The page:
Updated: Jun 1, 2018
For years now, Private Practice has struggled to keep pace with the ever-changing landscape of governmental healthcare legislation. From Patient Protection and Affordable Care Act (PPACA) to Health Insurance Portability and Accountability Act (HIPAA) mandates, the most significant impact has been the increasing demand for small healthcare organizations to adopt technology that is often very expensive with a steep learning curve. Even today, 1 in 5 practices still don't have an EHR*!
A force bigger than the government is now acting on private practice - Internet Users.
Rapidly emerging is the impact Online Reviews have on businesses in general, and we should have all seen it coming. With the proliferation of Internet-enabled devices, we are all constantly connected with access to information at a moment's notice. It is now considered irresponsible "not to" research an important service or product before purchasing!
So it stands to reason that we want to know more about our healthcare providers before entrusting them with our lives.
In the beginning, review systems had no accountability, were distributed and mostly a sounding board for the vocal minority. Now, reviews are tied to public profiles, have validation and scoring systems and are more balanced, not just an airing of grievances. As a result, we have become more accepting of them as a source for credible information. This concept is called Social Proof.
It's at this point we must understand the basic anatomy of a Google™ SERP (Search Engine Results Page). When you execute a search query, at the top are Ad supported links (paid) for specific keywords. Beneath those are Google™ Business links with review scores. These are the businesses Google's™ algorithm considers to be the most relevant to the search inquiry, listed in defending order. And finally below those, the organic search results (or meat links), which are built over time by SEO work.
When a user searches Google™ for a particular keyword, it correlates the inquiry with the location of the user and pulls businesses from that area it believes is most salient. Only engineers at Google™ understand exactly what KPIs account for the entirety of the score, but experts have deduced that it's a combination of the number of Reviews, Review Scores and several Web stats like traffic, bounce rate, length of stay, etc.
Why is this information important to me? Eventhough Ads are conspicuously more like standard "organic" search results link, [see below for before & after change], these Google Business results are quickly earning user engagement. People believe them to be trustworthy and less manipulated than SEO or a paid Ad.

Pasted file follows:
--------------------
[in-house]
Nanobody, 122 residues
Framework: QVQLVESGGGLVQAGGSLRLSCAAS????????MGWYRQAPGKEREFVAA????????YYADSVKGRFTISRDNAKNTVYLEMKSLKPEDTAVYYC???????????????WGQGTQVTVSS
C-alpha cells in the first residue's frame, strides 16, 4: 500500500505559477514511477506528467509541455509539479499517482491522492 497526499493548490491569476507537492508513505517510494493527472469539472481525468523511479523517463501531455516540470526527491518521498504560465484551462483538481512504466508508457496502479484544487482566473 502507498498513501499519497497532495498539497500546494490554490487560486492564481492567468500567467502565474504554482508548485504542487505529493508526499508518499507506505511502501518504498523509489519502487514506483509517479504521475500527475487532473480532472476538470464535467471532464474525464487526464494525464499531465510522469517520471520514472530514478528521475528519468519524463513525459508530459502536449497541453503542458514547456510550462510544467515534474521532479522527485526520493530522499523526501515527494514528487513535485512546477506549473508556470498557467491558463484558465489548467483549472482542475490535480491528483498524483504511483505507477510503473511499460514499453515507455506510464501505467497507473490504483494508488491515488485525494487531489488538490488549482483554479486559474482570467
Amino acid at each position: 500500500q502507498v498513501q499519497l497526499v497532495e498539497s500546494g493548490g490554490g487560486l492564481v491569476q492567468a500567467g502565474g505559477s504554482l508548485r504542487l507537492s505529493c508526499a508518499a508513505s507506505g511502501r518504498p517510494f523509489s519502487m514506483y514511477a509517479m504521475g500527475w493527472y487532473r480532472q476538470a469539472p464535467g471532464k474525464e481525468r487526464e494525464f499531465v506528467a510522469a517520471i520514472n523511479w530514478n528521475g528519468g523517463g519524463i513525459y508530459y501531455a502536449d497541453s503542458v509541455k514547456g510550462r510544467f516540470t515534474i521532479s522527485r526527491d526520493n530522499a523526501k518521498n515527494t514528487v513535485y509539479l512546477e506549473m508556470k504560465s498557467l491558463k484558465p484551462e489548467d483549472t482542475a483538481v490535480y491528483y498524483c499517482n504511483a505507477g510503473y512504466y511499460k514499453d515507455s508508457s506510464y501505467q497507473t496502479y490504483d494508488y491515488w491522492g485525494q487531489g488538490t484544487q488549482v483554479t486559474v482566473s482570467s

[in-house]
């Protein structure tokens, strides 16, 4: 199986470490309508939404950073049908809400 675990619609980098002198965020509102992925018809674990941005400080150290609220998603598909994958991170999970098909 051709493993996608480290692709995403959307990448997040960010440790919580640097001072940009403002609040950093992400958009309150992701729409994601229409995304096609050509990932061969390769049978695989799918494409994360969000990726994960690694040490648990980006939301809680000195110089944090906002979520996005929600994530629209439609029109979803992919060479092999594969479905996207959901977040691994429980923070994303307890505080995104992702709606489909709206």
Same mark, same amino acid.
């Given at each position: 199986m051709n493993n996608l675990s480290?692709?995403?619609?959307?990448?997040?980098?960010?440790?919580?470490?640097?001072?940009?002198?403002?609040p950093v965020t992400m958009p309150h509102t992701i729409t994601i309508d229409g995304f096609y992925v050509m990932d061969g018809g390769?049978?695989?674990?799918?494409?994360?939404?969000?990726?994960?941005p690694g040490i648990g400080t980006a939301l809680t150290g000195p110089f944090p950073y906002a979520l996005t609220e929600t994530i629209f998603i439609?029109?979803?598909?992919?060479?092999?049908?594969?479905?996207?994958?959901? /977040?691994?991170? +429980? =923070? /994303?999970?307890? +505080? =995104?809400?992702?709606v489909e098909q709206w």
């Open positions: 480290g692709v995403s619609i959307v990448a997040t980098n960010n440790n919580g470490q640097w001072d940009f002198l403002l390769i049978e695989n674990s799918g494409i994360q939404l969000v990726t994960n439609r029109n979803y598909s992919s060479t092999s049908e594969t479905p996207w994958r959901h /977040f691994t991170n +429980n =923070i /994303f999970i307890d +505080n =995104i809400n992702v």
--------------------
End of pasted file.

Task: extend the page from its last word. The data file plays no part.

Consequently, the silent killer is a bad online reputation, particularly a poor Google™ review rating as it's the most widely used search engine and most prominently displayed on a SERP.
How much can a poor rating impact a practice?
• One study revealed that a single inflammatory review could cost a practice as many as 30 patients a month!
• A research firm recently found that 70% of online shoppers will not consider any business under a 4.0 score.
• 92% research before buying & 86% of those admit that reviews influence their decision
The research is still mounting, but experts admit it only serves to confirm the overwhelming fact that reviews have a tremendous and residual impact on a business, the extent of which varies from practice-to-practice.
There are several ways to take matters into your own hands however.
1) Become more patient-centric and strive to maximize the experience. Ask for honest reviews with confidence!
2) Engage with those that actually review the practice as it appears the practice is more "accessible".
3) Implement a Healthcare-based medical review system that filters out for patients who had a less-than-positive experience (giving the practice a chance to correct the issue) and fast tracks happy patients to the right review links!
The idea behind a review system is not to cherry-pick the best reviews, it turns out the more "perfect" the score, the less believable the rating. The system is designed to catch patients with issues, give them an easy avenue to report those concerns and encourage administration to quickly address it. Concurrently, the system should provide those that have positive things to say about the practice with a "fast lane" to the Google Business™ review page.
Some of these systems proclaim to be "set-it and forget-it", but that's far from being the case. Review systems are dealing with human behavior, just like advertising, and are an iterative process. Your patient demo may respond better to receiving an SMS vs an email, or to a message received 1 hour after checkout versus that evening. There are a multitude of variables that should be monitored and adjusted to ensure the practice is optimizing the value of the system. If properly trained, a marketing representative with technical skills can achieve solid results, or an outsourced managed service is recommended as they are industry experts.
The infographic below provides an overview of the growing phenomenon.
tl;dr - If you're not actively managing your online reputation, your new patient population will continue to decrease with poor reviews.